Tuesday, November 27, 2012

Human Use of Echolocation

Daniel Kish wears prosthetic eyeballs. Legally blind, he produces short, sharp clicks with his tongue in order to navigate. He can describe the architecture of buildings one thousand feet away, and describe the distance, size, shape and texture of objects without touching them by using echolocatio . He can dance, ride a bike and even roller blade.

By having two ears, we are able to have the same sort of depth perception that we have with vision. We also hear better than we see. This is why it is so easy to have certain three dimensional illusions. For example we can see a shape in three dimensions on a computer screen, but we will always know it is an image. Meanwhile you will never see a shape that is behind you, but you will hear it.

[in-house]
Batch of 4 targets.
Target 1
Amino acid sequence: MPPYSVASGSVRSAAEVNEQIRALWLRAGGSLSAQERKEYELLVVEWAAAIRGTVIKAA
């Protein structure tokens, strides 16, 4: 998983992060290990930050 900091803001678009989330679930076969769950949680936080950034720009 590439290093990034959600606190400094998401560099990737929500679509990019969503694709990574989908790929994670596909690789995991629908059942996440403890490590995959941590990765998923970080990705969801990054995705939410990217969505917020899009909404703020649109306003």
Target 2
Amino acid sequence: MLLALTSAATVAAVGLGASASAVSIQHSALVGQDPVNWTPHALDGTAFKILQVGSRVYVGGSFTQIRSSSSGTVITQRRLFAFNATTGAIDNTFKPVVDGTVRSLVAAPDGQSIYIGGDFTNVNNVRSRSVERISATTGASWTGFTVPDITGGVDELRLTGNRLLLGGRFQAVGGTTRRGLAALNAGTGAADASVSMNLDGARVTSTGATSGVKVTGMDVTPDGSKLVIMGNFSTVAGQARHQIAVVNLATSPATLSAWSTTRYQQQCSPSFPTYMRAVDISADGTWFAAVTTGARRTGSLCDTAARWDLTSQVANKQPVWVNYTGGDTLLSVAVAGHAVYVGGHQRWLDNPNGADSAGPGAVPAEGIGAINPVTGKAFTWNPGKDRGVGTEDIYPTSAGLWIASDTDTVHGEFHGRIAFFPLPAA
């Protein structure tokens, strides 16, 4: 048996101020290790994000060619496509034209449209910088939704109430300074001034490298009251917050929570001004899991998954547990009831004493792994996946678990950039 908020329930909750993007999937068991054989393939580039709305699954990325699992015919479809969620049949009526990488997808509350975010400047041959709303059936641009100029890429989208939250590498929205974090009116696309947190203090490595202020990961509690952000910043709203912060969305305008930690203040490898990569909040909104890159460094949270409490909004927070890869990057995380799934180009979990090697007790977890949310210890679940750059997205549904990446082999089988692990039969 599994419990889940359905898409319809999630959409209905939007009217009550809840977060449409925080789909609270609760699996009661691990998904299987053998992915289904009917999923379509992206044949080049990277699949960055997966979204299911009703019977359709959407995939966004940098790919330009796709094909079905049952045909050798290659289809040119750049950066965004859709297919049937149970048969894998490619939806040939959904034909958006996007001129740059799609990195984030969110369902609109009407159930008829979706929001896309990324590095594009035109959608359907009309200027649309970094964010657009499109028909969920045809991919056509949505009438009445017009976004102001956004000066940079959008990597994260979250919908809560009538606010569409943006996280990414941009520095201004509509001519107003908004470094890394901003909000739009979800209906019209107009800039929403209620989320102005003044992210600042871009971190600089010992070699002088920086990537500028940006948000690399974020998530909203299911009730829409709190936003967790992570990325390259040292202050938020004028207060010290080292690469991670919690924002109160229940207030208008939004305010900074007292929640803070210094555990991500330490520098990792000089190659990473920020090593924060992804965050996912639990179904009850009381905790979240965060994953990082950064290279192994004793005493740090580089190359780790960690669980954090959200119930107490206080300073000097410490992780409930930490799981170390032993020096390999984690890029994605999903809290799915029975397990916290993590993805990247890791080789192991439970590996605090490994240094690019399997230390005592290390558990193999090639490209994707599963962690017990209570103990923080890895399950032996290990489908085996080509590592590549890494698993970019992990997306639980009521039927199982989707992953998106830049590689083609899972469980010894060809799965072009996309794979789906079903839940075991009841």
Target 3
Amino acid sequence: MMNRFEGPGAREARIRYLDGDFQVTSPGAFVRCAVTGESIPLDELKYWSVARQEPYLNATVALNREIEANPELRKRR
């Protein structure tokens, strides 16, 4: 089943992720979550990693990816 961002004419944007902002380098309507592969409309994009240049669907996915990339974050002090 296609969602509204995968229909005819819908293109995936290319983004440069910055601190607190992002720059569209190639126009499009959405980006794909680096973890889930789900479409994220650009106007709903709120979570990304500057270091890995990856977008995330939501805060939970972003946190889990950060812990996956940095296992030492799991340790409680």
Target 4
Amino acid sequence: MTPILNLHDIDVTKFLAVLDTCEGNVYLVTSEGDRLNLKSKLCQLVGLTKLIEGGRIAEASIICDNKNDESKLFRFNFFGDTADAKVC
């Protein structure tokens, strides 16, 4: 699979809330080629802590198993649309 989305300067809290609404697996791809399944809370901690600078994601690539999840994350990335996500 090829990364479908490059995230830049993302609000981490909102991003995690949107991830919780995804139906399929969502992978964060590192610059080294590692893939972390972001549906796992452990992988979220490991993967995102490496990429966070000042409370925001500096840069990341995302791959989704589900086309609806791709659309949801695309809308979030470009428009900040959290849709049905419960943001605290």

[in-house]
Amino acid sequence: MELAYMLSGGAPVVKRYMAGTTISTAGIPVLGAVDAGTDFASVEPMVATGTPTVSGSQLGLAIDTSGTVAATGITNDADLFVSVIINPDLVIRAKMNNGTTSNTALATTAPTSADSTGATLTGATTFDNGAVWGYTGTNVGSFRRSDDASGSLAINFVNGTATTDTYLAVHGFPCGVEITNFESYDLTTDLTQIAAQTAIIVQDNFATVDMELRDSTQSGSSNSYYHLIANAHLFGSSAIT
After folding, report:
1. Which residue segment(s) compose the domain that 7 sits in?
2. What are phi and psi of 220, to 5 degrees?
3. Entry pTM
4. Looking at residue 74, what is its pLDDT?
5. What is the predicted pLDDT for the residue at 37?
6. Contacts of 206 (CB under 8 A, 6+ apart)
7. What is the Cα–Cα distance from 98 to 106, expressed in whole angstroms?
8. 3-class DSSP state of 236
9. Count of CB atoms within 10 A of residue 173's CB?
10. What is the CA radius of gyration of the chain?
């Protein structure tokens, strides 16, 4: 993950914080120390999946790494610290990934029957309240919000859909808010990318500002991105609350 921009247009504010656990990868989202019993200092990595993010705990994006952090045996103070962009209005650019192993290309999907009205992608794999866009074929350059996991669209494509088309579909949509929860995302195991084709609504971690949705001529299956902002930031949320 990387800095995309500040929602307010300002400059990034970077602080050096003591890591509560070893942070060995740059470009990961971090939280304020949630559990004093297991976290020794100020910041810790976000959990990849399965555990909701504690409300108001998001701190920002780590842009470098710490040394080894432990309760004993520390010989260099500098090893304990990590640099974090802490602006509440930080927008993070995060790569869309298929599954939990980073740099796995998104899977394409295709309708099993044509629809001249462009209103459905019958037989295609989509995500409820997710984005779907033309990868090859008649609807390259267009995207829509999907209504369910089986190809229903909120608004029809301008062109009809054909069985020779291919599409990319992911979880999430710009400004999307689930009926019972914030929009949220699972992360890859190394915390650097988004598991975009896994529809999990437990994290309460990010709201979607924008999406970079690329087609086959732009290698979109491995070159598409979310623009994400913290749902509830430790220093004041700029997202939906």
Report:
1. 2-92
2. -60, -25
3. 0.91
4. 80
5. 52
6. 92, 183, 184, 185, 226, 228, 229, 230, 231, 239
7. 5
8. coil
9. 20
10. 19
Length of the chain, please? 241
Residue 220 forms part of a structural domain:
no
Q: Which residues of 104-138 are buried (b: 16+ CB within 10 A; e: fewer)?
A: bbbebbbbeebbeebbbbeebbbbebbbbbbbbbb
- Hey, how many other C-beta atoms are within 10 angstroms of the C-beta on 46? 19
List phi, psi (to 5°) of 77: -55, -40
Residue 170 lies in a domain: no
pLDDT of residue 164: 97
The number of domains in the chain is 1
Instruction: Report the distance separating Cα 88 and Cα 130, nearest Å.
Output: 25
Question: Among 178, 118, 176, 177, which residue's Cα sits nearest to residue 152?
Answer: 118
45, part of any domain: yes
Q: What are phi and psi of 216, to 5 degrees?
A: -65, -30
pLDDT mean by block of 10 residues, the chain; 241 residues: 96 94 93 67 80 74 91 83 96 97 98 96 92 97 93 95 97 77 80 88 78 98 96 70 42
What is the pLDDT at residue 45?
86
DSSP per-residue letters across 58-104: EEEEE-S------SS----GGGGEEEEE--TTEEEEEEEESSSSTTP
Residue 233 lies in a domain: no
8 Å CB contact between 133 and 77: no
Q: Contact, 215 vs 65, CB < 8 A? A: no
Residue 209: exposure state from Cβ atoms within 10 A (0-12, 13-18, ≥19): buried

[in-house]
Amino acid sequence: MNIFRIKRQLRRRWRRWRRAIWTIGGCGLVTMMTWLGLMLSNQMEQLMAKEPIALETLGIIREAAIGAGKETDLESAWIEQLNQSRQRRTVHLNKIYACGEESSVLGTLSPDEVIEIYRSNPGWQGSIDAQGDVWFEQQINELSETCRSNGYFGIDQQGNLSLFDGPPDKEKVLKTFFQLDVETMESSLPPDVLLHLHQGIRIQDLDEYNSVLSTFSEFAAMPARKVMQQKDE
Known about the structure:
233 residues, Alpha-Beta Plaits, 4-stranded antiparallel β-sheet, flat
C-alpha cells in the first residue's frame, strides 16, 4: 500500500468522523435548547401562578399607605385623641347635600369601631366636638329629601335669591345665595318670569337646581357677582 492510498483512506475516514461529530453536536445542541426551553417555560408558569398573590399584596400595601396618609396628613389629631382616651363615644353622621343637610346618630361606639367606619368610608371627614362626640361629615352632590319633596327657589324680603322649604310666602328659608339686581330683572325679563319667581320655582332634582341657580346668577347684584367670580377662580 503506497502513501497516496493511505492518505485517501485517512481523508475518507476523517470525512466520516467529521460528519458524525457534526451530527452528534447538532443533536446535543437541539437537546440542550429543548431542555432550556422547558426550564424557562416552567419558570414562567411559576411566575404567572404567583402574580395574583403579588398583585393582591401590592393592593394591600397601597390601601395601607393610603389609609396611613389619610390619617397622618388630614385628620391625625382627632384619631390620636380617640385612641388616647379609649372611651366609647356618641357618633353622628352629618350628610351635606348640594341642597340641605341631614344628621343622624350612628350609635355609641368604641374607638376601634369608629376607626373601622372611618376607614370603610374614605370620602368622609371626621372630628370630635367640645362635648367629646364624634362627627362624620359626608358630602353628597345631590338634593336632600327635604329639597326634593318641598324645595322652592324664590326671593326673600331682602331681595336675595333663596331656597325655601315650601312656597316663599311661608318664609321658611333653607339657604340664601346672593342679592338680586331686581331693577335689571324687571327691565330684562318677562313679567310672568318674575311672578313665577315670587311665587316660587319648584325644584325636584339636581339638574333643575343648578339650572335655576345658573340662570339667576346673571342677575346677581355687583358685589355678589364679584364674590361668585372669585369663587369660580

The processing of these clicks takes place partially in the visual cortex. It is typical that regions essential for visual processing take on new roles in the brains of blind subjects. After all a piece of folk psychology that we are all familiar with is that blind people have exceptional hearing. And while I want to write this off as an example of the marvelous plasticitic brain, the truth is also that blind people must practice this skill, because they rely on it so much more.

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